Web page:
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A Transgender Man Was Married By The Kentucky Clerk Who Refuses To Perform Same-Sex Marriage

Kim Davis has refused to sign any marriage license since the Supreme Court ruled in favor of marriage equality, but a transgender man and his pansexual wife say she signed off on their union in March.

Posted on August 29, 2015, at 5:47 p.m. ET

Timothy D. Easley / AP

The Kentucky county clerk who has petitioned the Supreme Court to be exempted from performing same-sex marriages due to her religious beliefs signed a marriage certificate for a transgender man and his pansexual wife earlier this year.

Rowan County Clerk Kimberly Davis ordered her staff to stop issuing any marriage licenses in the wake of June's historic Supreme Court decision in favor of nationwide marriage equality because she objects to having her name appear on the documents for religious reasons.

However, on March 2 of this year she signed a marriage certificate for Alexis and Camryn Colen, presumably unaware that Camryn is a transgender male.

"I, Kim Davis, Clerk of the County and State aforesaid, do hereby certify that the above and foregoing is a true and correct copy of the Marriage Certificate as recorded," reads a copy of the State of Kentucky marriage certificate that was signed by Davis and provided to BuzzFeed News.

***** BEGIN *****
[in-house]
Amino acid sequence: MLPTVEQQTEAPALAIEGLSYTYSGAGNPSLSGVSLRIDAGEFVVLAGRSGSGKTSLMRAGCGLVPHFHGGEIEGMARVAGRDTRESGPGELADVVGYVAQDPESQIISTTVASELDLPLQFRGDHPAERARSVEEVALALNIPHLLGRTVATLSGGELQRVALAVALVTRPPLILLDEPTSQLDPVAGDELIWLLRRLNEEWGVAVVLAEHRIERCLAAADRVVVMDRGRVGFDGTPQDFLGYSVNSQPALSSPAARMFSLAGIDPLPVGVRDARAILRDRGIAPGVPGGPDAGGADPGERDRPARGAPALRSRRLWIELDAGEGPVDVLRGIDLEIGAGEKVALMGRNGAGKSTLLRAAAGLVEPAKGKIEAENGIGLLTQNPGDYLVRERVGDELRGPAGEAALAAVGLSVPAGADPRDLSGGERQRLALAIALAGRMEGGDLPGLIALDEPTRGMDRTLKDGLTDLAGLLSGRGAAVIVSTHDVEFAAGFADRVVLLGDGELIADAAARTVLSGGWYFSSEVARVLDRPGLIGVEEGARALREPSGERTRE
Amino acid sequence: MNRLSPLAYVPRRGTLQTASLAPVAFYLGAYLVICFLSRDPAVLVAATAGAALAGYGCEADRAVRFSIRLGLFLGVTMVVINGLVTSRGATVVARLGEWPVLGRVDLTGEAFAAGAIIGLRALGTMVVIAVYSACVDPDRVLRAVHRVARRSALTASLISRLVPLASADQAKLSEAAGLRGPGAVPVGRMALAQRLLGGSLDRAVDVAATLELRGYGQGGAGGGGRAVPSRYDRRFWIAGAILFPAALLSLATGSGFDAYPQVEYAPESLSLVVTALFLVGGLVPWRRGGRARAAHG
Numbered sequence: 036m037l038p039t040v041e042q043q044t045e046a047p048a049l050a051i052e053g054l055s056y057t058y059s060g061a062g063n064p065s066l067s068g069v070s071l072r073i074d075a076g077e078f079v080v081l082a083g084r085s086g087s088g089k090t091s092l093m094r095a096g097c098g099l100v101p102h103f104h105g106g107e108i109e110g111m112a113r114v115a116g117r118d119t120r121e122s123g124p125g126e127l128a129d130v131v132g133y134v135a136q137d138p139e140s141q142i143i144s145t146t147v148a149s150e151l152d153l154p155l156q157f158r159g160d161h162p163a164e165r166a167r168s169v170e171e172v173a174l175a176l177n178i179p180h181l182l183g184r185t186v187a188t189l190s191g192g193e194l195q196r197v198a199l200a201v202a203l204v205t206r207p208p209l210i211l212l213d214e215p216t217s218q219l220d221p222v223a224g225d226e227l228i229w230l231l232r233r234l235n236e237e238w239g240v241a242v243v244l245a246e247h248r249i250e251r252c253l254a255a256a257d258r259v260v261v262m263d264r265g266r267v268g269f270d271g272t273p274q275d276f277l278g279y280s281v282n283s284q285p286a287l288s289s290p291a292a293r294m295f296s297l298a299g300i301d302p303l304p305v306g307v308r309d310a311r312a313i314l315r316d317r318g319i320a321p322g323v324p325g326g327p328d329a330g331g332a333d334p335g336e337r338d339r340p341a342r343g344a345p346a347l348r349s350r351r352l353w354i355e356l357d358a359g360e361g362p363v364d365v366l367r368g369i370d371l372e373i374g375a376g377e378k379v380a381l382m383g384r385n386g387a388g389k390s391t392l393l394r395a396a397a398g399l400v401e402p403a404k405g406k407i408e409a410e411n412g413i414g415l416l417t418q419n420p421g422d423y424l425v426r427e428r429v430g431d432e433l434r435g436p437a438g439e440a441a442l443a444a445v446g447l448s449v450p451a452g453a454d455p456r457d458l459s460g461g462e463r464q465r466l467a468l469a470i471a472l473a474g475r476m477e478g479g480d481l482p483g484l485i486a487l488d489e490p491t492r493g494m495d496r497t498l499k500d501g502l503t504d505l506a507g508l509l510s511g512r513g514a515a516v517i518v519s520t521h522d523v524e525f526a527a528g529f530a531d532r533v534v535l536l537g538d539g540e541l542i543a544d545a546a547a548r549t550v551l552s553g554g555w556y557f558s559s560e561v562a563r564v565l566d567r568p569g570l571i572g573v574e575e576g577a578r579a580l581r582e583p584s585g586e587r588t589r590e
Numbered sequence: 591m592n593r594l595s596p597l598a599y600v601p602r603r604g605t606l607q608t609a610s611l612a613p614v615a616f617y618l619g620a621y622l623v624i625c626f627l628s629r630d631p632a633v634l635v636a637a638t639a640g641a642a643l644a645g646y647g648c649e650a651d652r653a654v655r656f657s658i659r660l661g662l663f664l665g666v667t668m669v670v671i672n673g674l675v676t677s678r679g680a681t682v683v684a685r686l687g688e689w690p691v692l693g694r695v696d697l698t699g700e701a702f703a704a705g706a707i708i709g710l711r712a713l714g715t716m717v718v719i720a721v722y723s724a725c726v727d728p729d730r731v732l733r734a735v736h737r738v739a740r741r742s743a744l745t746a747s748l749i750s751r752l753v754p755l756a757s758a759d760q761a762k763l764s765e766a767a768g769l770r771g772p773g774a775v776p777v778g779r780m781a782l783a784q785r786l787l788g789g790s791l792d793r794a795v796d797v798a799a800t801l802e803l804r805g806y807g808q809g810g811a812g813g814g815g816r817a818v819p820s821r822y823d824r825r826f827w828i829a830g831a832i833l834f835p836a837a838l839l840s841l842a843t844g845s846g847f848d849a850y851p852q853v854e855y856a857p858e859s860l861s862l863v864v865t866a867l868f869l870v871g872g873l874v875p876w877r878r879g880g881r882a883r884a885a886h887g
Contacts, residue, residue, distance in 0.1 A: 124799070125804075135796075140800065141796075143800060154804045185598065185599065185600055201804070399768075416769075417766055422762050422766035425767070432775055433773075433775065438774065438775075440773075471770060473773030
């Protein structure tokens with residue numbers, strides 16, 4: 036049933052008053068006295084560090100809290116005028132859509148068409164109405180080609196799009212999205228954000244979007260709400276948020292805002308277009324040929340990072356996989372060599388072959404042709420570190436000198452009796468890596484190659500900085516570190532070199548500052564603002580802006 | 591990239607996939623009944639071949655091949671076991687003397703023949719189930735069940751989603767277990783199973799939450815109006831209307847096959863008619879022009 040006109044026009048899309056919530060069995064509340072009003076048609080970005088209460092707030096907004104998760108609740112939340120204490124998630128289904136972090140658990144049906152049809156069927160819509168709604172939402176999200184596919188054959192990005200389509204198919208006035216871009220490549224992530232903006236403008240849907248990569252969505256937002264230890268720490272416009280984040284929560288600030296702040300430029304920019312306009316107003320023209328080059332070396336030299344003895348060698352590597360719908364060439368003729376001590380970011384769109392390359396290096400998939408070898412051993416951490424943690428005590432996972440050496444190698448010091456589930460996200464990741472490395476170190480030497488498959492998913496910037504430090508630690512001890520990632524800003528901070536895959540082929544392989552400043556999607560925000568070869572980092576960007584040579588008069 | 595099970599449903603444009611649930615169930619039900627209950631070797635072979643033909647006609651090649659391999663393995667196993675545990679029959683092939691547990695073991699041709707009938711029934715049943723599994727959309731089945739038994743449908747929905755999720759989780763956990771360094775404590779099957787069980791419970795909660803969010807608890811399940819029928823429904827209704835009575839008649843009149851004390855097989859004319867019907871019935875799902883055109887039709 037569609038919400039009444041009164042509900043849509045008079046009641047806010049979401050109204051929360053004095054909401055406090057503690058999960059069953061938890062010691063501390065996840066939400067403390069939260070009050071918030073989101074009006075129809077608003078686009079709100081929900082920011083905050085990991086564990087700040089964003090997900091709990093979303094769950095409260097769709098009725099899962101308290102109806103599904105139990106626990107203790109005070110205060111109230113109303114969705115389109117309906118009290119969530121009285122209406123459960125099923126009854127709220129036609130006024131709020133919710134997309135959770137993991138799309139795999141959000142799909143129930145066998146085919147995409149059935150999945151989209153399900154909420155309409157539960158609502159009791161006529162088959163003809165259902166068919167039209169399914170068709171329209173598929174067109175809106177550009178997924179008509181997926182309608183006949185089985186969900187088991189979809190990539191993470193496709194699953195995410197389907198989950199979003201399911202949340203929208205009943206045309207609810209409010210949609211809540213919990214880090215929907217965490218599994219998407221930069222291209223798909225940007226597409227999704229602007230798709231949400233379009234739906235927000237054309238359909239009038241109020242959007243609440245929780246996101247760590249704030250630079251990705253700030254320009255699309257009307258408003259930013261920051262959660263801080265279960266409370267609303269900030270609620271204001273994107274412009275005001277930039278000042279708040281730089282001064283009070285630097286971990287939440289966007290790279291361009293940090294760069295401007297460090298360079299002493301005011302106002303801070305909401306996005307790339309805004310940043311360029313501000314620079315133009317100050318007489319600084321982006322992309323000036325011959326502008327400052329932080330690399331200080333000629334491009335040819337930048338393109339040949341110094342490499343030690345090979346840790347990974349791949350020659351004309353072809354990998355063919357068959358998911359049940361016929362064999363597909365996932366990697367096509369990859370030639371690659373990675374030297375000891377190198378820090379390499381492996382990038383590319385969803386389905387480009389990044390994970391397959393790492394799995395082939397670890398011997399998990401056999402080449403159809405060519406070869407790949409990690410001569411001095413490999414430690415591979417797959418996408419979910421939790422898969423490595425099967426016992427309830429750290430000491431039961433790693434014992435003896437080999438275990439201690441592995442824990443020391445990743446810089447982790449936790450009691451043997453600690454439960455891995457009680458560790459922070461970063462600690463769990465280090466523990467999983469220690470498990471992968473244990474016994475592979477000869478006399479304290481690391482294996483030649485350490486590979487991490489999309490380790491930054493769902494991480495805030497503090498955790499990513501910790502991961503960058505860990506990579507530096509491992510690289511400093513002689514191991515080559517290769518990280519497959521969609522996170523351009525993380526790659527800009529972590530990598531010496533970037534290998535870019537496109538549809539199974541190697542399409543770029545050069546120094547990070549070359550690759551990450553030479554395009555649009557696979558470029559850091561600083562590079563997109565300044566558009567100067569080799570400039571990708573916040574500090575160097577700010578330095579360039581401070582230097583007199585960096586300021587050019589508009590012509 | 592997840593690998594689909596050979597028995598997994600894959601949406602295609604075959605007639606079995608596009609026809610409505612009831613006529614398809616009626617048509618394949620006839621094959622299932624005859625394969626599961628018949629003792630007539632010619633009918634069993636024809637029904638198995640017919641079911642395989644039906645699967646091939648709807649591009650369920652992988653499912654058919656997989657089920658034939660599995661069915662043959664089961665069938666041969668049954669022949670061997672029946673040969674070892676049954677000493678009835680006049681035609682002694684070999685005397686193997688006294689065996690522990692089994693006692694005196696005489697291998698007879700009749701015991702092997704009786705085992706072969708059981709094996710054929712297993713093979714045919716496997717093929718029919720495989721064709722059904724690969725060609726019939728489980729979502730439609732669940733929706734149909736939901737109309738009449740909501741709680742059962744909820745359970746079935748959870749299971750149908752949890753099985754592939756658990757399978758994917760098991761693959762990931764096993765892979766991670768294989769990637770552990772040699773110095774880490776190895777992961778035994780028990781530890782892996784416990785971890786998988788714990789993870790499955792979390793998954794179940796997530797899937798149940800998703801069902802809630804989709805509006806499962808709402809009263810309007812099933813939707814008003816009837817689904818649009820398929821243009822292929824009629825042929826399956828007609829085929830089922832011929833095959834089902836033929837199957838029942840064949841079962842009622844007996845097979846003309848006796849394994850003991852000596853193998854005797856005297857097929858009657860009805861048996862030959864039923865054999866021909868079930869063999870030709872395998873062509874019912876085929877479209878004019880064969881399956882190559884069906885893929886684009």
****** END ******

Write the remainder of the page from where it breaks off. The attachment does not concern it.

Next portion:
Camryn Colen

Alexis and Camryn Colen, with family members, at their wedding.

Camryn told BuzzFeed News the couple chose to go public with their gender and sexual identities in order to push Davis to begin recognizing same-sex marriages.

"[Davis] needs to understand that love is love no matter who it is: gay, straight, black, or white," Camryn told BuzzFeed News. "She saw me and my wife come in as what she thought was just a straight couple that were in love and wanted to get married. Why can't others be seen like that?"

Timothy D. Easley / AP

Davis with attorney Roger Gannam.

Camryn, originally from Zanesville, Ohio, was once deployed to Iraq as part of the Texas Army National Guard. He was present at the Fort Hood base in Texas during the 2009 shooting in which a U.S. army major fatally shot 13 people and injured 30 others.

He now works as a delivery driver in Morehead, Kentucky, and is recovering from post-traumatic stress disorder, in addition to back and neck injuries sustained during training. His wife, Alexis, is a stay-at-home mom who also receives a carer's allowance to help look after Camryn.

The couple were among a group of protesters outside the clerk's office in Morehead on Saturday.

Timothy D. Easley / AP

He said that since going public the couple had received "massive amounts of support" from local LGBT couples who had been denied marriage licenses in the county.

"It was one thing to have the government say no to your marriage, but to have one person do it is something else," Camryn said.

Davis' attorney, Mat Staver, told BuzzFeed News he would not disturb his client with a request for comment over the weekend.

A BuzzFeed News investigation, in partnership with the International Consortium of Investigative Journalists, based on thousands of documents the government didn't want you to see.